Pondering the palimpsest and panoply of the planet.

How to End Poverty

Trick or Treat? The United Nations has announced that Halloween this year is the date that will witness the 7th Billion human being joining us together on the planet. This is obviously only a close approximation of the date of this event, since it is as yet impossible to really have any knowledge of the number of humans (or any other animal, for that matter) who are living and dying at any given moment. The US Census Bureau has even placed its estimate of the event a full 5 months later. In 1999, the UN also celebrated the breaking of the 6 Billion person threshold, going so far as to award the title of the 6th Billionth human to a child born in Sarajevo on October 11th of that year. Now, that child has just had his 13th birthday, and there are 1 Billion more humans. For anyone interested in possible ramifications of such supposed ‘over-population’, there are many online articles, opinion pieces, and blogs all weighing in on doomsday scenarios and other predictions of catastrophe deriving from an overly-crowded planet. You will find nothing of the sort here. I have some ideas about future possibilities, including many worst-case scenarios, but I would rather think about what we can do to prevent these things from happening. In any case, I see no reason why the planet could not support 7 or 10 billion (or more) people quite easily if we allocated our resources much more efficiently and equitably. We might even create more total happiness in the process (or ease total suffering), which would seem to be a moral imperative.

From: National Geographic (more statistics when you follow the link)

Therefore, more than speculating on future outcomes, I would like to propose solutions for present reality. The most important thing we can do at the moment seems to be finding a way to relieve suffering and improve quality of life for the huge numbers of people in the world in extreme poverty. This is completely in accordance with utilitarian principles, which require us to do everything in our power to help bring about the greatest happiness for the greatest number. I will first propose a theoretical solution to poverty, which is somewhat academic, and remains, at best, a very long-term project. Then, I will offer my opinion on the best practical solution for relieving suffering and raising the total balance of happiness in the world.

First of all, there can be no doubt that there is one way to end poverty that works 100% of the time: the empowerment of women. There should certainly be other ways to decrease overall poverty, but nothing can hope to be so successful as allowing women to have unalienable rights to control their own sexual reproduction, education, and participation in government and society. Though I feel that this would be the best single panacea we could hope to find, I have qualified it as generally theoretical, and only practical on a very long timeline, due to the complexity of implementing such profound social reforms in countries where they do not currently exist. In order to end poverty, women must have universal access to birth control in a stabile, relatively peaceful environment. This would imply a large amount of population control in the process, which would help to mitigate over-crowding, famine, disease, etc. The main point, however, is that when women can control their own sexual destiny, they can begin to avoid being reduced to a life following the animalistic pattern of being pregnant and giving birth from time of first sexual maturity in the early teenage years. The simple ability to choose when and if to have children will almost always lead to a woman having less children and at a later stage. This introduces more stability in the society, and also allows for more possibility for women to pursue personal development like education. There are myriad of benefits to a larger and more educated workforce that potentially involves 100% rather than 50% of a population, which are increased further with rights of voting and political involvement for women. I could expound on this topic further with statistics and examples, but I would like to keep this point simple and straightforward: there is a natural positive feedback loop that results from the empowerment of women, which benefits society and gradually leads to increased prosperity (and, naturally, less poverty) for everyone.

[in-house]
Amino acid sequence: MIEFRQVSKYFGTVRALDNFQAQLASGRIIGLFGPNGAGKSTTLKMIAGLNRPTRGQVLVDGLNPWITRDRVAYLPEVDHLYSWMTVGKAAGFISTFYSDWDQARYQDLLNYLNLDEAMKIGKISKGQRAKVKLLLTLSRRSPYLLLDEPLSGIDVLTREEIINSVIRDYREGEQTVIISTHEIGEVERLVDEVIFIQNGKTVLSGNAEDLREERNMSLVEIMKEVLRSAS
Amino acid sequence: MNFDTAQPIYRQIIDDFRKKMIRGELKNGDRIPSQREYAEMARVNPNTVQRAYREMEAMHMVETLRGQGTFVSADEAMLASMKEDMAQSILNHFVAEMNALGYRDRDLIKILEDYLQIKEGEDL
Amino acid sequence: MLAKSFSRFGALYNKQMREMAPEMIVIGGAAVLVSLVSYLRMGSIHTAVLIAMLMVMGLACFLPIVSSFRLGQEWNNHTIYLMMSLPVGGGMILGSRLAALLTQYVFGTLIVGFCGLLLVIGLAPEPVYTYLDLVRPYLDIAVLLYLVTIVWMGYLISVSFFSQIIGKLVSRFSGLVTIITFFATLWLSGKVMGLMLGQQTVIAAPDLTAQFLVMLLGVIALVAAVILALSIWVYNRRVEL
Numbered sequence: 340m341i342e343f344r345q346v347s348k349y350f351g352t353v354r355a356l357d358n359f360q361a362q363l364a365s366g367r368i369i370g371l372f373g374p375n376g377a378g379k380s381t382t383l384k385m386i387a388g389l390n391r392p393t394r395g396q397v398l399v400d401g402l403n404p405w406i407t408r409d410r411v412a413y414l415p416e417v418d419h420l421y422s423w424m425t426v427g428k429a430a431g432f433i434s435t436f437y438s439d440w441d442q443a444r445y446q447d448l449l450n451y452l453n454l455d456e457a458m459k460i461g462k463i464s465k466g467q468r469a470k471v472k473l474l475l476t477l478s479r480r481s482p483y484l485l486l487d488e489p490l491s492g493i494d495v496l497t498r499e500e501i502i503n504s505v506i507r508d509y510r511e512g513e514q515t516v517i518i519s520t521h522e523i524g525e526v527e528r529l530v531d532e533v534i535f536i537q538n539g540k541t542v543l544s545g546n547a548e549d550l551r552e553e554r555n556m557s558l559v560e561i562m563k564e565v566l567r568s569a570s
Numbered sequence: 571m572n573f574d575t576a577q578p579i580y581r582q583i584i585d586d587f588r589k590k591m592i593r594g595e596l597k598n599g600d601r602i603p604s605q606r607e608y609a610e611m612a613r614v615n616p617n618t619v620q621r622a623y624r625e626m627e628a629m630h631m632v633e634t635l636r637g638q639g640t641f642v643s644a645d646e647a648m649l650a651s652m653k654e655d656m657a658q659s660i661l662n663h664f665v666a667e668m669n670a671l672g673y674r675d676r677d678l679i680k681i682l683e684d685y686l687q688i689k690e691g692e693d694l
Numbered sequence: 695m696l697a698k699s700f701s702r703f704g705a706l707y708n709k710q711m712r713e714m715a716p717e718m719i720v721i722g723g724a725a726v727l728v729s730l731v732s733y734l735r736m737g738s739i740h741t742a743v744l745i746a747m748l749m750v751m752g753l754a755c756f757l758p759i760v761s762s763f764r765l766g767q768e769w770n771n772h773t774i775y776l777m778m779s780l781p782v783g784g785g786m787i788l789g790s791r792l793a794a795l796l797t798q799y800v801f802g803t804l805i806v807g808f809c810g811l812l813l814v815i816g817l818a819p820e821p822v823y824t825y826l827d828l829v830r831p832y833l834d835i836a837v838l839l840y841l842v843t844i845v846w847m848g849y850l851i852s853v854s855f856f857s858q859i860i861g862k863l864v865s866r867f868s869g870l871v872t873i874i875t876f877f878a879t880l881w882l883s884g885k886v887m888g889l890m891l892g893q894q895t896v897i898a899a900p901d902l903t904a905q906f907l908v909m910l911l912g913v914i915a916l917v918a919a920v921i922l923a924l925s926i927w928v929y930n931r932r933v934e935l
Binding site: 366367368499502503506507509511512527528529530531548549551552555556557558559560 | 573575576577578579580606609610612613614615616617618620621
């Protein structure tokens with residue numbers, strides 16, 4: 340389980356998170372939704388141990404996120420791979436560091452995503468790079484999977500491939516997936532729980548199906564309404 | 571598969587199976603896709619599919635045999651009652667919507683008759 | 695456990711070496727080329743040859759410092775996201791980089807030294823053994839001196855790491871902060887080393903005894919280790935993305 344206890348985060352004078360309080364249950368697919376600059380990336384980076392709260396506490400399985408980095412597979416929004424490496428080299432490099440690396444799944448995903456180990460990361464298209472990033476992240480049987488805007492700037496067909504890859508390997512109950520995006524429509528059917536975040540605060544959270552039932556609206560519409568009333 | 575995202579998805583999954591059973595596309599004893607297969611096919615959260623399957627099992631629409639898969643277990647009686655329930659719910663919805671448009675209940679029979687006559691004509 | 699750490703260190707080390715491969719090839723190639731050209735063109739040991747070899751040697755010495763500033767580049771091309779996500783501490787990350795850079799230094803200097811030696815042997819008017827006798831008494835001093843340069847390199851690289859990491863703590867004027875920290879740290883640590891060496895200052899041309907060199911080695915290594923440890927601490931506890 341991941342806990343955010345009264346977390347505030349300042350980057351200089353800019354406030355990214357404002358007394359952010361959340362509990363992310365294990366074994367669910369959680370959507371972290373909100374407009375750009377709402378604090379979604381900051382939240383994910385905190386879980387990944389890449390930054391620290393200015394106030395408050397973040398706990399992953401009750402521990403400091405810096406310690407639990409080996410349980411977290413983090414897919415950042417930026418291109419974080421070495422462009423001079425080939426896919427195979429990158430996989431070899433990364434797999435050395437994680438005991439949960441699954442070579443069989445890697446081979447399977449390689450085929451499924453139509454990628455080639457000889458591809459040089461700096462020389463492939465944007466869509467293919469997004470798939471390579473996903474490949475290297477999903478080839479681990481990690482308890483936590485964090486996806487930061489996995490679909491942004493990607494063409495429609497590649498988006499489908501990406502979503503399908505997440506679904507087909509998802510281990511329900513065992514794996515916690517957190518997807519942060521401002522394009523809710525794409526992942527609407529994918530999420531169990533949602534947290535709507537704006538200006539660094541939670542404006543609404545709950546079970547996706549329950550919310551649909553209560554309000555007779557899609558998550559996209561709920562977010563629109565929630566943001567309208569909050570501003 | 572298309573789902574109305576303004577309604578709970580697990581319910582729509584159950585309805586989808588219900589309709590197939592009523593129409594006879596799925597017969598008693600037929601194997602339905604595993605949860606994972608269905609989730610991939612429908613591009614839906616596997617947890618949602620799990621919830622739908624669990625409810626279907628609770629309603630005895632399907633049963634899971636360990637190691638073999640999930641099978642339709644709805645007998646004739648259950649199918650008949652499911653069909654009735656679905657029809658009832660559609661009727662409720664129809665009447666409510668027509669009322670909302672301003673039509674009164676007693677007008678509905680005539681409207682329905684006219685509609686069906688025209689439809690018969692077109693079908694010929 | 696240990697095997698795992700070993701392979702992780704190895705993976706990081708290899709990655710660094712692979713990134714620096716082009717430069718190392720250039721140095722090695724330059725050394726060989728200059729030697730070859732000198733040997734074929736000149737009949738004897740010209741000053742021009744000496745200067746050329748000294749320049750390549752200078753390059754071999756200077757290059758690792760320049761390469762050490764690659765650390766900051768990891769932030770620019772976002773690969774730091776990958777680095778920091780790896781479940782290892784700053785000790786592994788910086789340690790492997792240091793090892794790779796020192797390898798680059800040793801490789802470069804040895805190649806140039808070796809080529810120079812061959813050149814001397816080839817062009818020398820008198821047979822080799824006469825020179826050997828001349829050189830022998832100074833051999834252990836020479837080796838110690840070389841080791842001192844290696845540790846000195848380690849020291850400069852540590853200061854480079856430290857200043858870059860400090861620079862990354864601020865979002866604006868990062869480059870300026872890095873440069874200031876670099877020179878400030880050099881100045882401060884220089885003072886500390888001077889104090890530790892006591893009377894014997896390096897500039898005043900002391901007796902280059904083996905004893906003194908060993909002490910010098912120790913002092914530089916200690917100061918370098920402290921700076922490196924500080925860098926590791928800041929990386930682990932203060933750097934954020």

What can we do to decrease suffering and help to end poverty to the best of our collective abilities with the resources at our disposal? Is it better to volunteer your free time in your community soup kitchen or take a month-long trip to volunteer at a clinic in Africa, or simply to give money to charity and hope for the best? Well, after thinking about it for a couple minutes, it seems intuitive that the best use of your resources involves your money rather than your time. While there may be many personal benefits you may find from volunteering your time for an hour a week, or a week a year somewhere in the name of charity, the fact remains that you would be better served focusing more on making money in order to donate a bigger portion of your income to efficient and full-time charities of your choice. Any number of studies and analyses of charity effectiveness will inevitably confirm these findings. Here is one short example from an article last year.

How much money should you donate and how do you find the most effective and efficient use of your money? If you donated just 10% of your income to charity, that money could literally be used to save dozens of children’s lives over the course of a couple years (or more!), and it would decrease suffering and improve the lives of many more. Imagine how much more you could help with even 20% of your income. I know that it is easier to ignore the enormous level of suffering and poverty in the world, because it can be almost overwhelming, but there is no question that what I have proposed is the most just solution, and the only way we can really hope to make a difference. If only a handful of ‘bleeding hearts’ follow this course, it will not really make a difference (that is, if you count only a few hundreds of children’s lives saved ‘not making much of a difference’), but imagine if a majority of the rich world gave a small percentage of their (more than sufficient) incomes to effective charities to really start to end poverty.